There is a clear trend in emotions in general, and in emotions in AI specifically. The idea fascinates us, that something so “personal” can be read/captured by a machine. In many cases people respond with disgust to these new developments, in others, with curiosity, and the rest, with desire.
- wearable sensors, facial recognition, voice analysis and other technologies exist and are getting better every day. And it is/will be the combination of many of these that provide a “closer” and more accurate reading on the emotional/sensorial moment of a particular person (or group).
- the above data is stored and managed by someone/many, and whomever has access to it can know about your health, your feelings, your conversations, etc.
- the integration of emotion AI in different contexts and situations (i.e. hospitals, transport, construction, people with disabilities, etc.) brings increased safety and increased quality of life, at the least. The benefits are impactful.
Above image: April 23rd, around the corner from my house. Could such technologies have avoided this dreadful accident?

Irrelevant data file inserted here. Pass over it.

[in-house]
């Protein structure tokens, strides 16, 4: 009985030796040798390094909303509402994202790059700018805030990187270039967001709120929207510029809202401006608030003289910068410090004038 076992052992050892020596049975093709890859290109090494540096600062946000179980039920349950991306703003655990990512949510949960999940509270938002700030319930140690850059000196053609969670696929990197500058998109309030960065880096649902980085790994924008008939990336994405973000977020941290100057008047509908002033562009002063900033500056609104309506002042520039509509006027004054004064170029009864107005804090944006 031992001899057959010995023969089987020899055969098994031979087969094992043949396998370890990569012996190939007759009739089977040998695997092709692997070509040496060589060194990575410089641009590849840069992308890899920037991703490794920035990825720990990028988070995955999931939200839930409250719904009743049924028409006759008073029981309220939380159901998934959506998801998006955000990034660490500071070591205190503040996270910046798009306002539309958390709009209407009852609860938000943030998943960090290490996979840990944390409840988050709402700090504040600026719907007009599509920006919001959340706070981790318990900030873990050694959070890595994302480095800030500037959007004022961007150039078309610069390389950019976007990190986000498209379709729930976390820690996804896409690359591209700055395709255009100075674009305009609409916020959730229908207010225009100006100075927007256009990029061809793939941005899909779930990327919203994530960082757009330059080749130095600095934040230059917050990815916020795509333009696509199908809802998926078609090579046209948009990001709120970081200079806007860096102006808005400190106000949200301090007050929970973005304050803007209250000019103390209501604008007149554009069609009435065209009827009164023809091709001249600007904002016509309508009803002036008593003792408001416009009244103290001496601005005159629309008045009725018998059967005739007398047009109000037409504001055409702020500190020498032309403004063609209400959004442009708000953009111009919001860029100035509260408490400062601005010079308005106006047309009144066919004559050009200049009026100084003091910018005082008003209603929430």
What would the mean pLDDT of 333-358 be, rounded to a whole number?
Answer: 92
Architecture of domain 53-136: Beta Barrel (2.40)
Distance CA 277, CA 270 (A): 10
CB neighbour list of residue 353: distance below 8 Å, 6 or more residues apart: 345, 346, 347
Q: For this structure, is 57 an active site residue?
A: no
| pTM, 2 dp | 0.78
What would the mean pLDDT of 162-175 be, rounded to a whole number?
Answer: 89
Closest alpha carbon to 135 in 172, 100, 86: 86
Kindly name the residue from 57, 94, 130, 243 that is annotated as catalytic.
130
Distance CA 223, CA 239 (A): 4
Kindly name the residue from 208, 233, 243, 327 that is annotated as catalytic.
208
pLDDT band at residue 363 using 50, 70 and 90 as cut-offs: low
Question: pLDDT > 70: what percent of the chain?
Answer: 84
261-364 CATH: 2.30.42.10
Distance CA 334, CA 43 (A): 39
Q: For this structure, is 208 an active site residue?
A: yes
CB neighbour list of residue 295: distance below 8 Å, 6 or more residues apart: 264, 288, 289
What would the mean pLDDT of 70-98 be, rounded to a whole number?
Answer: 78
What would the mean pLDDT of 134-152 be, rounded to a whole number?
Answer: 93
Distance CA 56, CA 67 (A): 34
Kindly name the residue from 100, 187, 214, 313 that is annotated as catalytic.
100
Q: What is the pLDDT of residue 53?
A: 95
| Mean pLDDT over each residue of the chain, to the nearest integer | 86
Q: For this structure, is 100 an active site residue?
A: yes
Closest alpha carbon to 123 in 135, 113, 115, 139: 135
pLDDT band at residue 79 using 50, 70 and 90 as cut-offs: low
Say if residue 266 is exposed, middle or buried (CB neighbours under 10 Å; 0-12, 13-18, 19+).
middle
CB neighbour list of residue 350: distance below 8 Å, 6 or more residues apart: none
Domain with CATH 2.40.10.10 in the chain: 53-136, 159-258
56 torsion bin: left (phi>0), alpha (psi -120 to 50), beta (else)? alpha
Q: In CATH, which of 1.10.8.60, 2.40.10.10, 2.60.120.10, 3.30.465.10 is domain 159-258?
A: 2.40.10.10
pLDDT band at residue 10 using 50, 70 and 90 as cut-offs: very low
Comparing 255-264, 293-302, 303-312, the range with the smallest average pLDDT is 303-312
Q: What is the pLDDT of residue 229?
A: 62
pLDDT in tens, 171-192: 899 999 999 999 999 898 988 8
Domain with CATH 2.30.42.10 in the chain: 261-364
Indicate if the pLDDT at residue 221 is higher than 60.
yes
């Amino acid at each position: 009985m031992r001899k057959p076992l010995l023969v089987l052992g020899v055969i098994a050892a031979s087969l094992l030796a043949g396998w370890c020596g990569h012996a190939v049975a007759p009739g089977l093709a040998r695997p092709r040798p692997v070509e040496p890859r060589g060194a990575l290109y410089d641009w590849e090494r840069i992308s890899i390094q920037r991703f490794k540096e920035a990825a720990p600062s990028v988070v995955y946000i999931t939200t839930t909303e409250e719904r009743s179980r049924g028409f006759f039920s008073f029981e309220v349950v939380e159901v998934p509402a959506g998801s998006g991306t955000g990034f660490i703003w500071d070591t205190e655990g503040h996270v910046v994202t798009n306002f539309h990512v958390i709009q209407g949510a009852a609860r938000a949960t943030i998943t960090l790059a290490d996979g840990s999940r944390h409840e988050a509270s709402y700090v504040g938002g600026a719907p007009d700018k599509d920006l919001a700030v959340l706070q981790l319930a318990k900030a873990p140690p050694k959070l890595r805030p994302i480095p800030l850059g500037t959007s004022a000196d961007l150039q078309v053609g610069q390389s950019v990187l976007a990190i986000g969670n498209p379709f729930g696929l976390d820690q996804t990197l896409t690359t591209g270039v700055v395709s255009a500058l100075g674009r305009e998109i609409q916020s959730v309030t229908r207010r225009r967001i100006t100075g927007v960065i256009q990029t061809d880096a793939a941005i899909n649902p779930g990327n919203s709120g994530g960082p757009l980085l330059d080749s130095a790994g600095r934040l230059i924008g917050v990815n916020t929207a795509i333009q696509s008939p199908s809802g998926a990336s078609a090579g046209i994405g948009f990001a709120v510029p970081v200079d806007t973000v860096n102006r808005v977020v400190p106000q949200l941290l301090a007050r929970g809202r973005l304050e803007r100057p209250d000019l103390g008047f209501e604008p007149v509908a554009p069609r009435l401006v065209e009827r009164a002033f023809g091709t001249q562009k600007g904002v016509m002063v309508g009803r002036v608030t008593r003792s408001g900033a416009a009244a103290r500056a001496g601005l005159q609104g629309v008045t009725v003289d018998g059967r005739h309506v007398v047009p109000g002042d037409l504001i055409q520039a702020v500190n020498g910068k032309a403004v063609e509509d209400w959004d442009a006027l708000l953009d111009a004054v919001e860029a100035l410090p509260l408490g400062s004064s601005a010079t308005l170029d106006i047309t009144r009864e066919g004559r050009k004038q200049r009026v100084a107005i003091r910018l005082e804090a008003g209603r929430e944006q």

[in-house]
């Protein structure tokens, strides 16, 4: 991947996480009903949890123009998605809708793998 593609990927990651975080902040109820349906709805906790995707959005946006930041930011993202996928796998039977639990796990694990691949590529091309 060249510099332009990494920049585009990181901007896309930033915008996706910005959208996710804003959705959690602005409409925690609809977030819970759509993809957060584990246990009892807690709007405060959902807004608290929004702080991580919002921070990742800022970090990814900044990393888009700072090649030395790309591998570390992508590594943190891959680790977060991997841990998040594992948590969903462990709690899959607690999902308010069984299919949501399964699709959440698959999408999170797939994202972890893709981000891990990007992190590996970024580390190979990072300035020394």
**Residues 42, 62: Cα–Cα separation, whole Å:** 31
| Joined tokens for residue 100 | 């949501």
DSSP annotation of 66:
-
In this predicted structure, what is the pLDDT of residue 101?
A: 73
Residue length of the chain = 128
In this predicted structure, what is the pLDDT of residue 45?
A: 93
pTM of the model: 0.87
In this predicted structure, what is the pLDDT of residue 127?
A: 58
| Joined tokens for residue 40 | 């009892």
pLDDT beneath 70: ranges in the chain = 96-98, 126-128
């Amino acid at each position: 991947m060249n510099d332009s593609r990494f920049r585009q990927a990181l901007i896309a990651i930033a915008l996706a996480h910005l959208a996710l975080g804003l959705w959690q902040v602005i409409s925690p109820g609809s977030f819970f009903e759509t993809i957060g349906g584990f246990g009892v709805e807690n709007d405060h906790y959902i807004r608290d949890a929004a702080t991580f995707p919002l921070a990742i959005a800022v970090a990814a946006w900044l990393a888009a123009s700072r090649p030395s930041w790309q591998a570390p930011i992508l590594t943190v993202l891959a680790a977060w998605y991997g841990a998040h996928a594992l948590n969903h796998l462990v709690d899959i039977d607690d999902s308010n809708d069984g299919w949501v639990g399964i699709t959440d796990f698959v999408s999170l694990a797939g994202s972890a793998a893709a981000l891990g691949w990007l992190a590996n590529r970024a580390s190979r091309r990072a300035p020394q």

So, should we focus our emotion-tech-trend in battling against the technologies themselves or bring the focus to the governance of the data gathered through these? Should we request speedier policies to adapt to the rapid tech developments? Maybe new forms of oversight, supervision and control that helps enforce these? And, wouldn’t we want to include here the issues about the data gathered from anything that we write or say using technologies?
These are interesting times for closely monitoring what’s happening in this exciting and controversial field.
Related news and special thanks:
- Special congratulations to Rana El Kaliouby for her newly released book Girl Decoded, nice memories of us dining out with the computer on the table and discussing facial recognition variables…
- And last but not least, I want to dedicate this first post to the woman that first introduced me to emotion-detection technologies in 2001: Rosalind W. Picard, founder and director of the Affective Computing research group at the MIT Media Lab. Thanks Roz!